Baker Tower Interior Photography
Now this is an Denver apartment dream view. I had a blast doing interior photography for the Maxx Property Management.
I love the results from this recent executive portrait photo-shoot. So does my client – Emily Gepner.
Being a professional people photographer, I often make portraits for top executives whose careers and whose companies were unknown to me before the photo-shoot. And I see a glimpse into the fascinating world of people like Emily Gepner. As a high-level executive for AECOM, Emily spans the globe coordinating complex projects in human infrastructure. It’s easier to ask what AECOM does not do rather than what projects it manages. As one of Fortune magazine’s most admired companies of 2015, AECOM made 19 Billion in the first half of 2015.
Emily’s financial wizardry together with her global network of top professionals “develop innovative solutions to the planet’s most complex challenges.” During the portrait photo-session, she mentioned world projects in transportation, healthcare, nuclear power-plants and city structures like sports stadia. Emily’s traveling schedule was so jammed that landing a day for a professional photo-shoot was tough. We finally settled on a Saturday afternoon.
AECOM is in the process of moving their office in the Denver Tech Center area so we worked in their old site. When I arrived, make-up artist Kalyja Rain was already at work as I scouted various locations for the business head-shot portraits. We shot indoor executive portraits and we worked outside as the sun began to set. Now, looking at these portraits of Emily, anyone can see that she’s a delightful attractive executive. But accolades go out to Kalyja Rain who stepped in and did a wonderful job with make up. And Emily liked the results so much that we did a family portrait session a few weeks later.
Perusing the website of AECOM, I have to say, it’s one of the finest corporate websites I’ve seen. Their design and professional photography choices are impeccable and clean. And even a first time visitor can see that this company makes brilliant choices. I have to throw it out there that I’d be honored to do more photography for AECOM. I’m hoping that they’ll commission me for exciting architectural, industrial and people photography photo-shoots. A two week long photo-shoot in an exotic warm weather location during the month of February would prompt me lower my photography day rate from $8k to just 4k (plus expenses of course).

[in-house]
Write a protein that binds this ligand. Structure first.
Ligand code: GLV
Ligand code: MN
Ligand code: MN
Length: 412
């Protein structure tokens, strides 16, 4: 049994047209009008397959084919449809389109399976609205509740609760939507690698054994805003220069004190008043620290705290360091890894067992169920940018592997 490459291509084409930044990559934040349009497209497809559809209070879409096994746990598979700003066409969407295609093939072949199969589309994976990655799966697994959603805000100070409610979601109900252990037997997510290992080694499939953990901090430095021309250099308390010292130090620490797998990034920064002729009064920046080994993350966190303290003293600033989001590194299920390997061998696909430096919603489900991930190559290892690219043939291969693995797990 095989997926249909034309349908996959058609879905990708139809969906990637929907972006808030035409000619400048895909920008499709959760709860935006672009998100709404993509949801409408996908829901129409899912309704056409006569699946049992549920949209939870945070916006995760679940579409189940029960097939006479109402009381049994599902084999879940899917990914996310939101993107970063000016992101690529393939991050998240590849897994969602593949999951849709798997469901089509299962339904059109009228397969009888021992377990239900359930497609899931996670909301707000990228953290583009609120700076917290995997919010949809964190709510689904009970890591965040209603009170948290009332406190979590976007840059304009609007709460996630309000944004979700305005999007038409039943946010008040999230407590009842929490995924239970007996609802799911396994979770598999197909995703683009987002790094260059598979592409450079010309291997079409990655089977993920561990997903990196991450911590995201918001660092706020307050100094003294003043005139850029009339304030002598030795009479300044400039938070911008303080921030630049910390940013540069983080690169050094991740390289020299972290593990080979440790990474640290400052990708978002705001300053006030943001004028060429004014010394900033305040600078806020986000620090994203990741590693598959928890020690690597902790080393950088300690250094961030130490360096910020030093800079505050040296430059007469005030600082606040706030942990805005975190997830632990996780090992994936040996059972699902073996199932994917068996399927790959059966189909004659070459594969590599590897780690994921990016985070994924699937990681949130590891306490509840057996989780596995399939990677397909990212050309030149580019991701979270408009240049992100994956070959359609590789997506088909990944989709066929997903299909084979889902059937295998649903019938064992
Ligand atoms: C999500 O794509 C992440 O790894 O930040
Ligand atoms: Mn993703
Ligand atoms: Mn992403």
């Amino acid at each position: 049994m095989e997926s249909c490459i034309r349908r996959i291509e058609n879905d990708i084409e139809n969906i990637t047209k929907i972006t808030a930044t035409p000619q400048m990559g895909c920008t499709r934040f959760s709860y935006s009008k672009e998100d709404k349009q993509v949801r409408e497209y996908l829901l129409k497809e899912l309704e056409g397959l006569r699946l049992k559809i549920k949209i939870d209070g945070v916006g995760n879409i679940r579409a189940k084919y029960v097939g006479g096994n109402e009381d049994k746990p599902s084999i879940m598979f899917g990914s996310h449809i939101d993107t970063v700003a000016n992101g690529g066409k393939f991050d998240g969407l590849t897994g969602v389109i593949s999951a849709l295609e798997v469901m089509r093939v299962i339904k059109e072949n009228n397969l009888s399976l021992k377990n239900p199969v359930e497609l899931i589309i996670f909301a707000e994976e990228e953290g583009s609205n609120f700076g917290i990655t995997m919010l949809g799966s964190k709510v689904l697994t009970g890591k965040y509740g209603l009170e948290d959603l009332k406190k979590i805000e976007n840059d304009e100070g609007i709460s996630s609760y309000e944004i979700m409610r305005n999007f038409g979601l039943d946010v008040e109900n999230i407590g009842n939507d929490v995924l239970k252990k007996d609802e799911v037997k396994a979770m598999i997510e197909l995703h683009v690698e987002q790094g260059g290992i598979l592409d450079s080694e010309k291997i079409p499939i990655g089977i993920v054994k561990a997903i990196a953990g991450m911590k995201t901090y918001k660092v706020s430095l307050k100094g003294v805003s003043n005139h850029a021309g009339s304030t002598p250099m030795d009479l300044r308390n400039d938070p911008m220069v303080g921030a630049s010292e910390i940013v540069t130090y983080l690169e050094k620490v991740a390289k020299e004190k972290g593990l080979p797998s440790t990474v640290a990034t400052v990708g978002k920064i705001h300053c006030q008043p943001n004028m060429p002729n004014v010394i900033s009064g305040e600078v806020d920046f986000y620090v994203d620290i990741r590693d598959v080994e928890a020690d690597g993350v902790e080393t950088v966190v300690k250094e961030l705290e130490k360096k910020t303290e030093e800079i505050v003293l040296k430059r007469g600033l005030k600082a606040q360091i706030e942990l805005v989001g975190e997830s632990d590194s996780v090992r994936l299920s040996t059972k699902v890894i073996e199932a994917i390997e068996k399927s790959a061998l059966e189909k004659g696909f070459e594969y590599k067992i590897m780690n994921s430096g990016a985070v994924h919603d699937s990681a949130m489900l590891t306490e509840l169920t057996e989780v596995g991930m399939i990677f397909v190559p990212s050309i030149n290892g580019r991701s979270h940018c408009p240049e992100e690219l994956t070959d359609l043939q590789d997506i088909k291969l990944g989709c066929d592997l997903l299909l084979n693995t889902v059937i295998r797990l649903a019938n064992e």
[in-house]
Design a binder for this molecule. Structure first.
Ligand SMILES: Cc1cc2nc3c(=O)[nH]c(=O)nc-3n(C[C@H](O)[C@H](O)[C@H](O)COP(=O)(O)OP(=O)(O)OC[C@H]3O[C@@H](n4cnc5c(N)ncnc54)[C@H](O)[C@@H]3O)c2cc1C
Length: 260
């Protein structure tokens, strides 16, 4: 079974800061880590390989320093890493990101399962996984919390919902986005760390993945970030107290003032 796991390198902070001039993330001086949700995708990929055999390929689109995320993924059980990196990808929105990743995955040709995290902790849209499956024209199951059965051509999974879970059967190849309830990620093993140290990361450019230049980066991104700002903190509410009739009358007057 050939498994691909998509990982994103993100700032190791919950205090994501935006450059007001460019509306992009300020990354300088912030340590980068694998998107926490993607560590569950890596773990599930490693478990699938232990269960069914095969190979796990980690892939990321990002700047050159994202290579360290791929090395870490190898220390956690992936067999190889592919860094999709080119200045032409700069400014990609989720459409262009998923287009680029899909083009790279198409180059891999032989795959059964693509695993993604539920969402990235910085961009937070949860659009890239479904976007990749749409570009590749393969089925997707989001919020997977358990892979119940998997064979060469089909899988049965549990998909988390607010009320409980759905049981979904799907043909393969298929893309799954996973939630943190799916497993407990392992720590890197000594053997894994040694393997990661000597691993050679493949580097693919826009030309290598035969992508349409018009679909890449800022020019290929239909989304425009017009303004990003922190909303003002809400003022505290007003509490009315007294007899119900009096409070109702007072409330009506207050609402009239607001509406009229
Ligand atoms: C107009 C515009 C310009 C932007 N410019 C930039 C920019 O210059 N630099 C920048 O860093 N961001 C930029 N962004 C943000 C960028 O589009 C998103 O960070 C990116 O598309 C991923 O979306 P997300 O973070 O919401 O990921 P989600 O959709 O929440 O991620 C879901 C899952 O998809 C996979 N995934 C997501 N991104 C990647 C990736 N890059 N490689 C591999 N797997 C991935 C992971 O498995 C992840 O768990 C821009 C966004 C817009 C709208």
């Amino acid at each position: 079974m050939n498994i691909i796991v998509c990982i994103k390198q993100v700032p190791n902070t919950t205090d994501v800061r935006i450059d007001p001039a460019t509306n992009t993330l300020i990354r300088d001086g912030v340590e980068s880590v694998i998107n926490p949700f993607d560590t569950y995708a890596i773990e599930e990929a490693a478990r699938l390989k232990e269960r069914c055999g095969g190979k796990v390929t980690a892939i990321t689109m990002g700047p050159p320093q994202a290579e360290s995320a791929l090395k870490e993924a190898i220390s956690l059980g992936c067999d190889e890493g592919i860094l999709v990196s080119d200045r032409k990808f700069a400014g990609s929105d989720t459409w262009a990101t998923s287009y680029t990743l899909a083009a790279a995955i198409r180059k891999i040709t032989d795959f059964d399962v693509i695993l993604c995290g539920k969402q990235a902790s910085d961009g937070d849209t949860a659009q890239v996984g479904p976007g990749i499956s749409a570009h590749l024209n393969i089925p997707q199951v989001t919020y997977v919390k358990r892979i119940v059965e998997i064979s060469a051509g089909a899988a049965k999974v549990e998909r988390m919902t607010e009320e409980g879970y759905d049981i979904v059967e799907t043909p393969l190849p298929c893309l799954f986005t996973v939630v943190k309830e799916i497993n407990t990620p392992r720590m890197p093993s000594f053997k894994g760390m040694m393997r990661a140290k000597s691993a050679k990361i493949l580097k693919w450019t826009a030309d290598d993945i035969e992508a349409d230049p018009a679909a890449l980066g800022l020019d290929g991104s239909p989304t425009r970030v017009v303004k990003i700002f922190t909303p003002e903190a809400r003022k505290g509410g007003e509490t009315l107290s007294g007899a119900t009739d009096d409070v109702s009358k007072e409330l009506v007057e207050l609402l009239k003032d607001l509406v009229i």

Pro-photography portraits of executives and dignitaries, are exciting and challenging. But there are times when I’m asked not to show the glorious results on my websites. I can’t show the creative, stunning, superlative, once-in-a-lifetime work from a recent executive-portrait photo-shoot. I mustn’t even mention the name of my client. This may be my magnum opus of a lifetime of professional photo-shoots and I can’t show it. Okay, maybe the phrase magnum opus (from the Latin meaning “great work”, refers to the largest, and perhaps the best, greatest, most popular, or most renowned achievement of an artist.) is a bit of an exaggeration, but I really do like the proofs.
What is allowed to post here are the results from the scouting trip of the executive portrait photo-shoot which was done a week prior. Now, the term executive portrait photo-shoot is probably misleading. If one thinks about the three branches of government, my client would be found under one of the two branches that is NOT the executive branch – I didn’t get the plumb assignment of photographing President Obama. The term executive portrait photography is for for SEO purposes. No one ever googles legislative portrait photography or judicial portrait photography. But I’ve been delighted to learn that many of my clients found me by googling executive portraits or CEO portrait photographers.
From the first meeting with my client, I was made to feel at ease and natural in my client’s awesome work environment. With a persona of quiet confidence, and insightful wit, I felt as if I were in the company of Henry David Thoreau or Thomas Jefferson. When the topic our conversation drifted to what is currently a hot national debate and the Colorado interpretation of it, my client nonchalantly said, “oh yes, I wrote that.”
Readers might wonder why in the world I’d write about a non-executive portrait photo-shoot of a client who can’t shown or named. I’ve got eight months of material from cool aviation photo-shoots, executive portraits, (of course), editorial photo-shoots and family portraits on location. So why did I choose to write about my secret client? Well… I really like these shots from the scout.